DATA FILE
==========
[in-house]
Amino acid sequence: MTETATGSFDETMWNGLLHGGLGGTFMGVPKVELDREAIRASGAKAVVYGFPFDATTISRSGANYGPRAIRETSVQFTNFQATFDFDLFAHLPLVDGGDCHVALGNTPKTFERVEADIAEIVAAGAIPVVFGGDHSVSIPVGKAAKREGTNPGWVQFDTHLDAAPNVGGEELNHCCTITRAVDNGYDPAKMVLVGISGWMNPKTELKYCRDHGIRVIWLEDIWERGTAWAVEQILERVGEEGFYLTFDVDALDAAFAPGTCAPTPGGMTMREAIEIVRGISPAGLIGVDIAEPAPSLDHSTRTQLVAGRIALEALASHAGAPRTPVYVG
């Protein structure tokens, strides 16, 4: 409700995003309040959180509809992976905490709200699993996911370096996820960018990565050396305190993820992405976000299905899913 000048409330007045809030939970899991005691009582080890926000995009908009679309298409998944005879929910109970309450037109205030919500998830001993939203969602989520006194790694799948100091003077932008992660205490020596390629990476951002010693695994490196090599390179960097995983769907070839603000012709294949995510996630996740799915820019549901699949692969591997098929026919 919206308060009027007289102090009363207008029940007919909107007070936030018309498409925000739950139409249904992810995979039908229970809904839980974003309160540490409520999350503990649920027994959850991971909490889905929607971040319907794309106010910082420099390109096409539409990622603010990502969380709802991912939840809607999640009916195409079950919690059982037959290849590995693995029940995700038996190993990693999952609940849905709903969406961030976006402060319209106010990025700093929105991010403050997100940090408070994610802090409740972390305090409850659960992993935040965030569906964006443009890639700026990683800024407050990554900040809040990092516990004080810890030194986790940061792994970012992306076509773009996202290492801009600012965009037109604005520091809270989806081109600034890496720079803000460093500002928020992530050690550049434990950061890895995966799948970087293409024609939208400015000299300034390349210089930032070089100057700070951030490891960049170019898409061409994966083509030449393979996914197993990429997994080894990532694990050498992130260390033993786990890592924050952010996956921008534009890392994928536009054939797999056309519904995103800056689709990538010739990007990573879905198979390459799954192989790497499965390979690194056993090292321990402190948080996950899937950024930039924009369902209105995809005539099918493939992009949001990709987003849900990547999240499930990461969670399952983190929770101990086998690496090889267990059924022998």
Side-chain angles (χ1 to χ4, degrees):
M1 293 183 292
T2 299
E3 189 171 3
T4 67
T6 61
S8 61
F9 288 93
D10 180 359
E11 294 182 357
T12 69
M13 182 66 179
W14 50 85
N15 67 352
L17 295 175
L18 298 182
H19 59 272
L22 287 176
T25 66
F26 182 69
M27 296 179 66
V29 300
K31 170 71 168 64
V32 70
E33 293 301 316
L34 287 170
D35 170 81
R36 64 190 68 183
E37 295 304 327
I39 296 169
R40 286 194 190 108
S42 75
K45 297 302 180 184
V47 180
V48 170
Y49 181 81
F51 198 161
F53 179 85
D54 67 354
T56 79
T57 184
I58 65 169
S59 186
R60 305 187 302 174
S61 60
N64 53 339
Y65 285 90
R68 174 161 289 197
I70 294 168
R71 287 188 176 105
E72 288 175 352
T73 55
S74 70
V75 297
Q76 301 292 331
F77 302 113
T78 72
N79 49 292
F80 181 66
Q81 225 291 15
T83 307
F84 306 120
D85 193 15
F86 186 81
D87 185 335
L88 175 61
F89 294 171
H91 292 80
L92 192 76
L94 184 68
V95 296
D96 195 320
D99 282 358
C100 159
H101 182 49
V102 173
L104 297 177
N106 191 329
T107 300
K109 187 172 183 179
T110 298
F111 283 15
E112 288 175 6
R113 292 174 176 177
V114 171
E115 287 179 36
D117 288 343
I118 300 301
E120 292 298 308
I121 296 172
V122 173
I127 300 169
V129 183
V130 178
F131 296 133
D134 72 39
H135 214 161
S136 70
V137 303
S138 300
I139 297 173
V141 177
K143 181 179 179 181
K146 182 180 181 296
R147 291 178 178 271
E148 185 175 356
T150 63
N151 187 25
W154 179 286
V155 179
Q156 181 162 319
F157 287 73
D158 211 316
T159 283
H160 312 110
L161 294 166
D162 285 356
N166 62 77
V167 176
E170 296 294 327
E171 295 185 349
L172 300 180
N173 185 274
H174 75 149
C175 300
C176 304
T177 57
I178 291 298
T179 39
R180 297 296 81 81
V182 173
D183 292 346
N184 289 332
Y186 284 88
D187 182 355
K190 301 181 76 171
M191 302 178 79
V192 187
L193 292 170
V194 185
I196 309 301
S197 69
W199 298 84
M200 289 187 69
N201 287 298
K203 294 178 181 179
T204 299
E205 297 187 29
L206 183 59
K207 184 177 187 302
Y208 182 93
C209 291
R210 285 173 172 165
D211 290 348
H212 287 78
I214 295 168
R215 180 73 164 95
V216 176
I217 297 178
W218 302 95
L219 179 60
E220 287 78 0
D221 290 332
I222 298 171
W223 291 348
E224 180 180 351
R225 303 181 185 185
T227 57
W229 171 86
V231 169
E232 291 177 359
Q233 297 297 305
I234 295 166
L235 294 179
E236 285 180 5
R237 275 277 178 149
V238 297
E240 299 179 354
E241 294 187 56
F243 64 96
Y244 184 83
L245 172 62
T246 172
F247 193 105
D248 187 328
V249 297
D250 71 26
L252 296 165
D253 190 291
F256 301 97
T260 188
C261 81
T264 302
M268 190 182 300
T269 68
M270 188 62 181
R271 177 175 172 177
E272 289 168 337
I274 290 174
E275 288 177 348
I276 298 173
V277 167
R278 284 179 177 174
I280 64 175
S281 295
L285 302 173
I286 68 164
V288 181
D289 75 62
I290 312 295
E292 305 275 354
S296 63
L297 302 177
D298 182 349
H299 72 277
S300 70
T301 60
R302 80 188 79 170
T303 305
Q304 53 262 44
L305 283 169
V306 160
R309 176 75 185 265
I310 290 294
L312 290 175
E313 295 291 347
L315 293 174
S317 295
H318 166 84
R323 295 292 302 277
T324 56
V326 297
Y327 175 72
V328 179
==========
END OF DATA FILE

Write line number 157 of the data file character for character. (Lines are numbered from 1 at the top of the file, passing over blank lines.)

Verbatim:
D211 290 348